See also Ceramics.

The blue tint of the common poison bottle is got by the addition of black oxide of cobalt to the molten glass; the green tint of the actinic glass bottle is obtained in the same way by the addition of potassium bichromate, which is reduced to the basylous condition, and the amber tint is produced by the addition of impure manganese dioxide, a superior tint being produced by suphur in one form or another. The formulas for various kinds of bottle glass, which indicate the general composition of almost all glasses, are:

White Glass for Ordinary Molded Bottles

Sand.................. 64 Parts

Lime.................. 6 by

Carbonate of sodium.............. 23 weight

Nitrate of sodium....... 5

White Flint Glass Containing Lead

Sand.................. 63

Lime.................. 5 Parts

Carbonate of sodium ............... 21 by

Nitrate of sodium....... 3 weight.

Red lead............... 8

Ordinary Green Glass for Dispensing Bottles

Sand.................. 63 Parts

Carbonate of sodium ............. 26 by

Lime.................. 11 weight.

A mixture for producing a good green flint glass is much the same as that for the ordinary white flint glass, except that the lime, instead of being the purest, is ordinary slaked lime, and the sodium nitrate is omitted. Sand, lime, and sodium carbonate are the ordinary bases of glass, while the sodium nitrate is the decolorizing agent.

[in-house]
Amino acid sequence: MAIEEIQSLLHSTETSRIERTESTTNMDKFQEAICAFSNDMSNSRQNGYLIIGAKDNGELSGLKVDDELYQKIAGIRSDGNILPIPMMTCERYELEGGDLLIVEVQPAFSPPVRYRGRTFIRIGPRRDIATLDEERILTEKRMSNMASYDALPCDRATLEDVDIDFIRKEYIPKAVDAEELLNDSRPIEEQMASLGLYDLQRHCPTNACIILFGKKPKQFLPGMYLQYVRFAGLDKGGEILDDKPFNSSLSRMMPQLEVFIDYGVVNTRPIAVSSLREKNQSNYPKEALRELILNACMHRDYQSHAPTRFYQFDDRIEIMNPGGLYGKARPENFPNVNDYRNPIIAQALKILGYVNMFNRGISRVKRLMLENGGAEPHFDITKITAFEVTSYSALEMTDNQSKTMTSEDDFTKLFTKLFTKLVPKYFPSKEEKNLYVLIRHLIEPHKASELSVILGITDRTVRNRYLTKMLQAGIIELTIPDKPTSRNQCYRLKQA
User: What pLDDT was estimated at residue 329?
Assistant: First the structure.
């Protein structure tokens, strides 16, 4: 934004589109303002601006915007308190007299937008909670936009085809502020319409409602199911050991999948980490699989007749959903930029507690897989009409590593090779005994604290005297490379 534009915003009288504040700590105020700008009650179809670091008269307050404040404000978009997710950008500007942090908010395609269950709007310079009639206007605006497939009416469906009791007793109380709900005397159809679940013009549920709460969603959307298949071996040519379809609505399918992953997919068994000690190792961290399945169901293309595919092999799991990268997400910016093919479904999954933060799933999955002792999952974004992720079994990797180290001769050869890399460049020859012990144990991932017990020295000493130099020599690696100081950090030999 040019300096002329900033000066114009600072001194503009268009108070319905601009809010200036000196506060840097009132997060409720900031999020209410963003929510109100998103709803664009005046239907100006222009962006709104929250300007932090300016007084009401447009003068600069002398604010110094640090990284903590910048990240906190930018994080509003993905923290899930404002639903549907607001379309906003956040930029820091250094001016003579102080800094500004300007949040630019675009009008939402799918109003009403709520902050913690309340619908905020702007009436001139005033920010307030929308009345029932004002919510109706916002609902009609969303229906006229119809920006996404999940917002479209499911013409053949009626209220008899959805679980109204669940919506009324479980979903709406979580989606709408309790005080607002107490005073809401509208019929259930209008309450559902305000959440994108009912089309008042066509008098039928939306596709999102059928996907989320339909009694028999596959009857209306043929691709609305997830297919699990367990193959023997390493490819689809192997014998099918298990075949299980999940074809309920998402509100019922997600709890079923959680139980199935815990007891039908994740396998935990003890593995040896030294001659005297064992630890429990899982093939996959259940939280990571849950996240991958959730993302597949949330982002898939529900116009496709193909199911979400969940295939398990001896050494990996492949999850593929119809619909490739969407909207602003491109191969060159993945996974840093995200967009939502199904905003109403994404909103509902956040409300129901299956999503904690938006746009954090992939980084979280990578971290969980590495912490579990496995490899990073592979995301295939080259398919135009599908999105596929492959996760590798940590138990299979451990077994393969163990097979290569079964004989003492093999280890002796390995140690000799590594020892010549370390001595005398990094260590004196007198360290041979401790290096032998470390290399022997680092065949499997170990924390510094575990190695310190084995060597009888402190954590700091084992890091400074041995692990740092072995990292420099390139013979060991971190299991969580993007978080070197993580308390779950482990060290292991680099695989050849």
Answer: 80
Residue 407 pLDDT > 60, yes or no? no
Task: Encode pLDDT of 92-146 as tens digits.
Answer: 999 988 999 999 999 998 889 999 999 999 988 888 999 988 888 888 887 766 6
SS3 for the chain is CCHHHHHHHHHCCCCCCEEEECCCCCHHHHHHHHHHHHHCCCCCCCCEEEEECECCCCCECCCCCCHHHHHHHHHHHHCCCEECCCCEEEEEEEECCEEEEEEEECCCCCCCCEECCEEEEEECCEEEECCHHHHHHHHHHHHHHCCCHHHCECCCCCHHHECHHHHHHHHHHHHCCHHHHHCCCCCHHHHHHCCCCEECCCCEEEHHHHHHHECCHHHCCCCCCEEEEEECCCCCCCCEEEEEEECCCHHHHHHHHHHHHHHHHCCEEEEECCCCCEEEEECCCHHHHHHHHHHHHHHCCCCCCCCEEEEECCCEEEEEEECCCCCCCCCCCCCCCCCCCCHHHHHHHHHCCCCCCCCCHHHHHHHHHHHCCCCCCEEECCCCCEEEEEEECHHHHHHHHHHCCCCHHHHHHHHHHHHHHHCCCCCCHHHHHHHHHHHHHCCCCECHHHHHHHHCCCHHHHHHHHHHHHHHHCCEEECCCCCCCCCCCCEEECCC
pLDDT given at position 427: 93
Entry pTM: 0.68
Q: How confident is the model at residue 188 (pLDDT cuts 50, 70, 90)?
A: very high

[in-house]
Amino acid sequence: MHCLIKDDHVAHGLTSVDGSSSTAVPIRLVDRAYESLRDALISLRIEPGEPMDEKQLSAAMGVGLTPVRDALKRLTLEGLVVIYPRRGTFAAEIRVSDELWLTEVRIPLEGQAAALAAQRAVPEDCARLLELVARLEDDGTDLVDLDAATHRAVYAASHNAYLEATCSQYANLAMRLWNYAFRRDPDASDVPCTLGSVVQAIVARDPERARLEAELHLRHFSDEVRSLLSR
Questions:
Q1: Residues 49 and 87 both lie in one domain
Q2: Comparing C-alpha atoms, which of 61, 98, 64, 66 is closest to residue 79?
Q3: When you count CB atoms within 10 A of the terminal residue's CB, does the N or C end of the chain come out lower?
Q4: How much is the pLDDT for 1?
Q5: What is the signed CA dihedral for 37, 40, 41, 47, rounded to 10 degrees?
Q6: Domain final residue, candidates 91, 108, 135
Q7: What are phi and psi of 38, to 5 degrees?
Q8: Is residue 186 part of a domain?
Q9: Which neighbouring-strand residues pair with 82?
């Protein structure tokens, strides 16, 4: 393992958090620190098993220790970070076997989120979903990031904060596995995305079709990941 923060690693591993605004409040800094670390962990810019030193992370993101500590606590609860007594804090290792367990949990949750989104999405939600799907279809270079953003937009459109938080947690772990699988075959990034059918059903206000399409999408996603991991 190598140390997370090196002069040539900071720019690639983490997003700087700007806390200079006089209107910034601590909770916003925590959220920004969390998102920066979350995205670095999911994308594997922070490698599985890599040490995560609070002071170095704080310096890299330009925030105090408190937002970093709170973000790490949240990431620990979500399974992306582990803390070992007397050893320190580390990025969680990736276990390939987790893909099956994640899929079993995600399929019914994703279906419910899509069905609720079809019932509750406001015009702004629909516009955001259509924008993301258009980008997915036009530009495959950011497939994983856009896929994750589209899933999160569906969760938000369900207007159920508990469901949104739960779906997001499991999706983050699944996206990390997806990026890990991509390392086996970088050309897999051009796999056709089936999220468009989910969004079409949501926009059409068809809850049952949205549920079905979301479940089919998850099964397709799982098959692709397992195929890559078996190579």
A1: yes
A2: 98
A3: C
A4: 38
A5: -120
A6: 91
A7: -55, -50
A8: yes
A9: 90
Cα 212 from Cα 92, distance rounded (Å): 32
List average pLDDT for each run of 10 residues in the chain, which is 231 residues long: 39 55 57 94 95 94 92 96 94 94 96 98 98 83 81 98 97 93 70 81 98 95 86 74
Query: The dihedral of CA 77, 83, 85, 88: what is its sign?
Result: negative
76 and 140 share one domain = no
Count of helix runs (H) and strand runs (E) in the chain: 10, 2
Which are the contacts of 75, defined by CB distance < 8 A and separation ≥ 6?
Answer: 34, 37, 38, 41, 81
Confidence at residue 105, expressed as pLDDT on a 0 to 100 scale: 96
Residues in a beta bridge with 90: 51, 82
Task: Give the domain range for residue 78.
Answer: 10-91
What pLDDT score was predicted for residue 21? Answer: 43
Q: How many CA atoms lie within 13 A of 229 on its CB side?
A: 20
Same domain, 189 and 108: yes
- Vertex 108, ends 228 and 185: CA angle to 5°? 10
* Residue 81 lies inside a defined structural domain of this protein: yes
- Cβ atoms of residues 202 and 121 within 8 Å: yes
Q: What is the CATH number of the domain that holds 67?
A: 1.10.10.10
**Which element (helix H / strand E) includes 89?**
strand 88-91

Glass Refractory to Heat

Fine sand, 70 parts; potash, 30 parts; kaolin, 25 parts.

Transparent Ground Glass

Take hold of the glass by one corner with an ordinary pair of fire tongs. Hold it in front of a clear fire, and heat to about 98° F., or just hot enough to be held comfortably in the hand. Then hold the glass horizontally, ground side uppermost, and pour in the center a little photographer's dry-plate negative varnish. Tilt the glass so that the varnish spreads over it evenly, then drain back the surplus varnish into the bottle from one corner of the glass. Hold the glass in front of the fire again for a few minutes and the varnish will crystallize on its surface, making it transparent. The glass should not be made too hot before the varnish is put on, or the varnish will not run evenly. This method answers very well for self-made magic-lantern slides. Ground glass may be made temporarily transparent by wiping with a sponge dipped in paraffine or glycerine.